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When it comes to unconventional proposal to control the weather, NBC News probably holds the prize with this gem, which we discussed back in January: "A last-ditch global warming fix? A man-made ‘volcanic’ eruption” to cool the planet. Scientists and some environmentalists believe nations might have to mimic volcanic gases as a last-ditch effort to protect Earth from extreme warming."

Another just as ridiculous proposal to "control" atmospheric events emerged during the Eisenhower era, when a government scientist proposed detonating a nuclear bomb over the eye of a hurricane to counteract convection currents.

Why do we bring it up? Because according to an Axios report late on Sunday (which if capital markets weren't collapsing and China wasn't on the edge of invading Hong Kong would have been the top watercooler discussing point tomorrow, but as it stands will hardly make the top 10 most shocking weekend developments) President Trump "suggested multiple times to senior Homeland Security and national security officials that they explore using nuclear bombs to stop hurricanes from hitting the United States."

Is Axios just making stuff up to paint Trump in a crazy light? Perhaps: the publication cotes "sources who have heard the president's private remarks and been briefed on a National Security Council memorandum that recorded those comments", so yes, the left-leaning outlet may have simply brought us another example of "fake news." On the other hand, if true it would be, as Mark Carney would call it "awesome" - after all what better way to lose the reserve currency status of the dollar than its sovereign nation randomly lobbing nukes across the globe... and why not its own territory."

So what do Axios claim happened?

During one hurricane briefing at the White House, Trump said, "I got it. I got it. Why don't we nuke them?" according to one source who was there. "They start forming off the coast of Africa, as they're moving across the Atlantic, we drop a bomb inside the eye of the hurricane and it disrupts it. Why can't we do that?"

Other (once again anonymous) sources told Axios that Trump has suggested multiple times to senior Homeland Security and national security officials that they explore using nuclear bombs to stop hurricanes from hitting the United States, according to sources who have heard the president's private remarks and been briefed on a National Security Council memorandum that recorded those comments.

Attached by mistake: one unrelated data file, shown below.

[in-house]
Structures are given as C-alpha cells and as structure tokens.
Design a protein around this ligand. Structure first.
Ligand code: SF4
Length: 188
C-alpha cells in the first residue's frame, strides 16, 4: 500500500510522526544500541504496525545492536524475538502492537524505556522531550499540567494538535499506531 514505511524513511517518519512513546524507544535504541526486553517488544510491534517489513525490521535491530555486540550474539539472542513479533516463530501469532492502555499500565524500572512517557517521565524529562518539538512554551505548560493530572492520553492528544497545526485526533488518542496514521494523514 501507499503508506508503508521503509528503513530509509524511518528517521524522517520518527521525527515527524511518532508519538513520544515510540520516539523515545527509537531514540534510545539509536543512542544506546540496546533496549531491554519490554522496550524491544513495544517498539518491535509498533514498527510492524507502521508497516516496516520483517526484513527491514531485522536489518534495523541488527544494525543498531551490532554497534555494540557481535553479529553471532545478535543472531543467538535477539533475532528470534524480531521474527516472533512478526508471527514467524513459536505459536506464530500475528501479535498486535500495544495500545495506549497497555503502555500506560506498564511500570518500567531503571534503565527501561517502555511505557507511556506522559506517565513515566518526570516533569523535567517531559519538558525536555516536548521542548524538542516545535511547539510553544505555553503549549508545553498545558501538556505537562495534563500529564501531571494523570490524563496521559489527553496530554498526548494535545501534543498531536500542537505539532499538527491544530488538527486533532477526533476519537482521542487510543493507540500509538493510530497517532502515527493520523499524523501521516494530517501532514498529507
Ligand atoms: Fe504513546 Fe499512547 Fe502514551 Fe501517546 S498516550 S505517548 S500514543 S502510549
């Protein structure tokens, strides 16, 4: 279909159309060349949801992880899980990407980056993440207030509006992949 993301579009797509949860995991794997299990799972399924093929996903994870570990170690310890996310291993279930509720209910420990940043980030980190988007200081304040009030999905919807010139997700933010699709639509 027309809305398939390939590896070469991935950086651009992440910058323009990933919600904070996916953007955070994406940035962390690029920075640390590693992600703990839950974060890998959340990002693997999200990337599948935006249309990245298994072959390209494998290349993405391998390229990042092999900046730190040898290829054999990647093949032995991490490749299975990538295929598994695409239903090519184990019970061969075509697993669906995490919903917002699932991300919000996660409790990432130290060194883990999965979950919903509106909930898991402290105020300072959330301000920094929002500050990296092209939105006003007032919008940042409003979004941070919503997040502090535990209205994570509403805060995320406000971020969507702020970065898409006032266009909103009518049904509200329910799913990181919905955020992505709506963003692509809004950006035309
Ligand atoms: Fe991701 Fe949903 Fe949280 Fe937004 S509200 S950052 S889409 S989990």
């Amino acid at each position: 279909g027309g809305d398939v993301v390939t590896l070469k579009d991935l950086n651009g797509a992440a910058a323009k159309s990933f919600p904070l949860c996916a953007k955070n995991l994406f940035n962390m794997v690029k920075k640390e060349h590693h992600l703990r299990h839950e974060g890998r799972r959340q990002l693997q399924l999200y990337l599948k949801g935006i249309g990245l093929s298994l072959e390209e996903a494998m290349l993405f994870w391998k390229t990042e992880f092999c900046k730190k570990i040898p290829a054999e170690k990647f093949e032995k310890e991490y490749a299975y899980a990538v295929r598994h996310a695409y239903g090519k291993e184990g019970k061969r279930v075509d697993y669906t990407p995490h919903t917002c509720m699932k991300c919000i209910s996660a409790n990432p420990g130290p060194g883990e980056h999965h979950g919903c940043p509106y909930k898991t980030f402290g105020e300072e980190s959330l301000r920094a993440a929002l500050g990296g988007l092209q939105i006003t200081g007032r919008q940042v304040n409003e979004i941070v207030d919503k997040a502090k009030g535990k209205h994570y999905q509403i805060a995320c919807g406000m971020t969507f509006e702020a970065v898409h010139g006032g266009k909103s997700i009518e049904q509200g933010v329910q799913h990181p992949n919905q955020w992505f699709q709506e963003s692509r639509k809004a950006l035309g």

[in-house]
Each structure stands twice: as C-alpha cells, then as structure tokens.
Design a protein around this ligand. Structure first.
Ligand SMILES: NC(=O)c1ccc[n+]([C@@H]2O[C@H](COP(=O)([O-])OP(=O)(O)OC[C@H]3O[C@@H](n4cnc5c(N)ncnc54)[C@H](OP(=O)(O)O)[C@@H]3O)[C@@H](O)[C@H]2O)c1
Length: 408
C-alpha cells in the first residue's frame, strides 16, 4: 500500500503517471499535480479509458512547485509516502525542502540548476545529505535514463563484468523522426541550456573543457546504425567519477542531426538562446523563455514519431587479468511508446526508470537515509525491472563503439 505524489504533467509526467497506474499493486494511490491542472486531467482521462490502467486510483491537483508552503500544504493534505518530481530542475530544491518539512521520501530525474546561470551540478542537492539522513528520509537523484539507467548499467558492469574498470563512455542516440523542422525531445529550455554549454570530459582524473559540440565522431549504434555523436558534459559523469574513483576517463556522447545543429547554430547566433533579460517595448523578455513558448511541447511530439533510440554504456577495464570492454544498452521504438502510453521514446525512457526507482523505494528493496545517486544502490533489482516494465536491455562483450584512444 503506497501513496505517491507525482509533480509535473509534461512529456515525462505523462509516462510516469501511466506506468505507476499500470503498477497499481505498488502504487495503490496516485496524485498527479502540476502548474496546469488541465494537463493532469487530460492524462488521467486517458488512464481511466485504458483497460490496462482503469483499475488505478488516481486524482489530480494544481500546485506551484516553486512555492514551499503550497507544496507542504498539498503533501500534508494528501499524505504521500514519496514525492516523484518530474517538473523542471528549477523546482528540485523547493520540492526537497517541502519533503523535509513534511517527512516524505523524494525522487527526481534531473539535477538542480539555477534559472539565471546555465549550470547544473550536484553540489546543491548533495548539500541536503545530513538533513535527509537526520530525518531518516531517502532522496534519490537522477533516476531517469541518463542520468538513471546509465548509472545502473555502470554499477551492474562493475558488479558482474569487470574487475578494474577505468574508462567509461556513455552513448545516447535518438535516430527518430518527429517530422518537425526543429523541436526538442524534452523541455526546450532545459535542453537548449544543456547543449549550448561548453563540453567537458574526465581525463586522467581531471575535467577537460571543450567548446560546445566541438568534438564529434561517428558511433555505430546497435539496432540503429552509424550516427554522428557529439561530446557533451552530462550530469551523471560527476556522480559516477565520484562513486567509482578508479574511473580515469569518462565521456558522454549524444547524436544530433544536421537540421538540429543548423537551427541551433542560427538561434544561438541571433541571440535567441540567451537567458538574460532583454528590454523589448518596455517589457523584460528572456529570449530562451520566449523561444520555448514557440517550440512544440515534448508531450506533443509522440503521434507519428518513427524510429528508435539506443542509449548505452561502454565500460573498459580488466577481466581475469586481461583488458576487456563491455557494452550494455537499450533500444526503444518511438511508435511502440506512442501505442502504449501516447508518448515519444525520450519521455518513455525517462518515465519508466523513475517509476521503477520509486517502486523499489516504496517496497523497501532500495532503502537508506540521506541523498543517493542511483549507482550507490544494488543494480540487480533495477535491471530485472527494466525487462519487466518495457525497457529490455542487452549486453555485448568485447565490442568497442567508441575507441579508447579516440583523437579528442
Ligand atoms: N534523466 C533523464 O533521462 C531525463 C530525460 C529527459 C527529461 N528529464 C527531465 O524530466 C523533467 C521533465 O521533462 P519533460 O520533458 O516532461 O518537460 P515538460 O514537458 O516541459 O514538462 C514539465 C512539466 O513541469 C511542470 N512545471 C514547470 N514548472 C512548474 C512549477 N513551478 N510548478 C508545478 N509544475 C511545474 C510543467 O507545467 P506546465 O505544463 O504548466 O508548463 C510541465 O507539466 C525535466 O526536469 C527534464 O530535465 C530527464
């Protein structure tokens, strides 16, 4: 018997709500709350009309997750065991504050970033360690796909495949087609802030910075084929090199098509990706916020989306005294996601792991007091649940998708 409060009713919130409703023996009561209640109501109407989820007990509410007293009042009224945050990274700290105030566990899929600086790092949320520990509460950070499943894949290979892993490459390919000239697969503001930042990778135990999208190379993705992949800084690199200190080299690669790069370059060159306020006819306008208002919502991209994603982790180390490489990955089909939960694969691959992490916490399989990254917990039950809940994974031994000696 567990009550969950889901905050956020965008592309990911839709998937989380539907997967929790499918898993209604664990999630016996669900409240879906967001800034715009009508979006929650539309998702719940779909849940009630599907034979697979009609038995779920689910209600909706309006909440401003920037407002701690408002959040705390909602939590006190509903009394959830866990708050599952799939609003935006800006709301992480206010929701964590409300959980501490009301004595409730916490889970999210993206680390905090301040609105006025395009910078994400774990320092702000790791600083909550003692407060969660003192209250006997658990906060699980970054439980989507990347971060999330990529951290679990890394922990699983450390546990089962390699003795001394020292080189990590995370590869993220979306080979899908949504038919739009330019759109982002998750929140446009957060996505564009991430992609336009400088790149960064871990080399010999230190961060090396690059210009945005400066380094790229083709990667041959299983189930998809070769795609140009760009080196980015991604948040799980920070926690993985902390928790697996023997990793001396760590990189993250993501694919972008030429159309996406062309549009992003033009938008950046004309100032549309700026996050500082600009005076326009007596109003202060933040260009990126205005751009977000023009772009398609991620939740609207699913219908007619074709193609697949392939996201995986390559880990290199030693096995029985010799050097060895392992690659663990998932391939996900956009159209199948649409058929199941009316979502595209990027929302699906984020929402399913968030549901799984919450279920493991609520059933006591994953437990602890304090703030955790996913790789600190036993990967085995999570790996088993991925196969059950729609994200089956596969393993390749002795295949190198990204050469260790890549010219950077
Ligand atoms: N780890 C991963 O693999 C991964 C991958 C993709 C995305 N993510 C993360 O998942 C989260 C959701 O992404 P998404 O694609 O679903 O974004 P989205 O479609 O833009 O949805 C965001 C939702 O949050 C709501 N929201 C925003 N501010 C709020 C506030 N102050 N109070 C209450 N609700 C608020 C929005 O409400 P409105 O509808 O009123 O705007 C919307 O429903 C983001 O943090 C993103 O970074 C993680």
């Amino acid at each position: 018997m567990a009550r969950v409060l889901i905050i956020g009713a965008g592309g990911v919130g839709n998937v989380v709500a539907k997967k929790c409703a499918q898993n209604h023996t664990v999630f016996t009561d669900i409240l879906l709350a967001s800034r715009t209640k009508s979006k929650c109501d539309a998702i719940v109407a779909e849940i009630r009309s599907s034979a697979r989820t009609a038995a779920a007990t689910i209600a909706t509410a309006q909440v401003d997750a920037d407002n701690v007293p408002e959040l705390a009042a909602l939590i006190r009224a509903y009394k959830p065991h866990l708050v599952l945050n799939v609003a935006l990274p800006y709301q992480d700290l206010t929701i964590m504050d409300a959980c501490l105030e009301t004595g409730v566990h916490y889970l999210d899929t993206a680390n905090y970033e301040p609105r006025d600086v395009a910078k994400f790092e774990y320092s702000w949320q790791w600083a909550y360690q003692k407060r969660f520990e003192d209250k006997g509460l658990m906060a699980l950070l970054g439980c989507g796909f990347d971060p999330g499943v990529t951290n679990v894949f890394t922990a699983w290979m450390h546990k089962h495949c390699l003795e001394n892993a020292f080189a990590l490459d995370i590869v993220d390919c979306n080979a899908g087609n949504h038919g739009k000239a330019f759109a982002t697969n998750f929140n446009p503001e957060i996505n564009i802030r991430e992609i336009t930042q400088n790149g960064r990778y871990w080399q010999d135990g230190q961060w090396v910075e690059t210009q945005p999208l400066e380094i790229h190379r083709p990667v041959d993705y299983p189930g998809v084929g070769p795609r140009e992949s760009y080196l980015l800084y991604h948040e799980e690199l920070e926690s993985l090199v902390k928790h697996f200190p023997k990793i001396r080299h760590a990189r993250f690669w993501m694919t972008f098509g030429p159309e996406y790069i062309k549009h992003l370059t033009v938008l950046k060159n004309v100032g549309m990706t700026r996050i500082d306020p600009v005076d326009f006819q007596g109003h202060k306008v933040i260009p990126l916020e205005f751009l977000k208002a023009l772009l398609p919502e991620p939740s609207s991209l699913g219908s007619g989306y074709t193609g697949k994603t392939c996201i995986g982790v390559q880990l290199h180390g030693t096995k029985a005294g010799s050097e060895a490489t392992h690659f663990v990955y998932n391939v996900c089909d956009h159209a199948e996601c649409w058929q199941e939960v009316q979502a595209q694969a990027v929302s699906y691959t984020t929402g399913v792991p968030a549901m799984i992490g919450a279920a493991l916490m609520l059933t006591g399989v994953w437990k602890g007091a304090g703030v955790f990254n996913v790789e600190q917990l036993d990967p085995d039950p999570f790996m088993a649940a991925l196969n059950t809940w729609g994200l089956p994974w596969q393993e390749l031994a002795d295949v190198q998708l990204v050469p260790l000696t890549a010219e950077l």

Asked how the briefer reacted, the source recalled he said something to the effect of, "Sir, we'll look into that."

Trump replied by asking incredulously how many hurricanes the U.S. could handle and reiterating his suggestion that the government intervene before they make landfall.

The briefer "was knocked back on his heels," the source in the room added. "You could hear a gnat fart in that meeting. People were astonished. After the meeting ended, we thought, 'What the f---? What do we do with this?'"

One reason: because this is an idea that's been around for decades, and frequently floated seriously. That said, while Axios clearly is intent on making Trump look (even more) insane, there is no indication that the president is actually pushing ahead with the proposal to start nuking air masses. 

Meanwhile, even Axios admits that "the idea keeps resurfacing in the public even though scientists agree it won't work.  The myth has been so persistent that the National Oceanic and Atmospheric Administration, the U.S. government agency that predicts changes in weather and the oceans, published an online fact sheet for the public under the heading Tropical Cyclone Myths Page, titled "Why don't we try to destroy tropical cyclones by nuking them?"

The page states: "Apart from the fact that this might not even alter the storm, this approach neglects the problem that the released radioactive fallout would fairly quickly move with the tradewinds to affect land areas and cause devastating environmental problems. Needless to say, this is not a good idea."

Responding to the article, a senior administration official said, "we don't comment on private discussions that the president may or may not have had with his national security team." A different senior administration official, who has been briefed on the president's hurricane bombing suggestion, defended Trump's idea and said it was no cause for alarm. "His goal — to keep a catastrophic hurricane from hitting the mainland — is not bad," the official said. "His objective is not bad."

"What people near the president do is they say 'I love a president who asks questions like that, who’s willing to ask tough questions.' ... It takes strong people to respond to him in the right way when stuff like this comes up. For me, alarm bells weren't going off when I heard about it, but I did think somebody is going to use this to feed into 'the president is crazy' narrative."

Axios also notes that 3 weeks after Trump's 2016 election, National Geographic published an article titled, "Nuking Hurricanes: The Surprising History of a Really Bad Idea." It found, among other problems, that:

Dropping a nuclear bomb into a hurricane would be banned under the terms of the Peaceful Nuclear Explosions Treaty between the U.S. and the former Soviet Union. So that could stave off any experiments, as long as the U.S. observes the terms of the treaty.

Whether this story is true or not, we doubt that hurricanes have much to worry about. Now, if we were Fed Chair Powell, we would be far more concerned.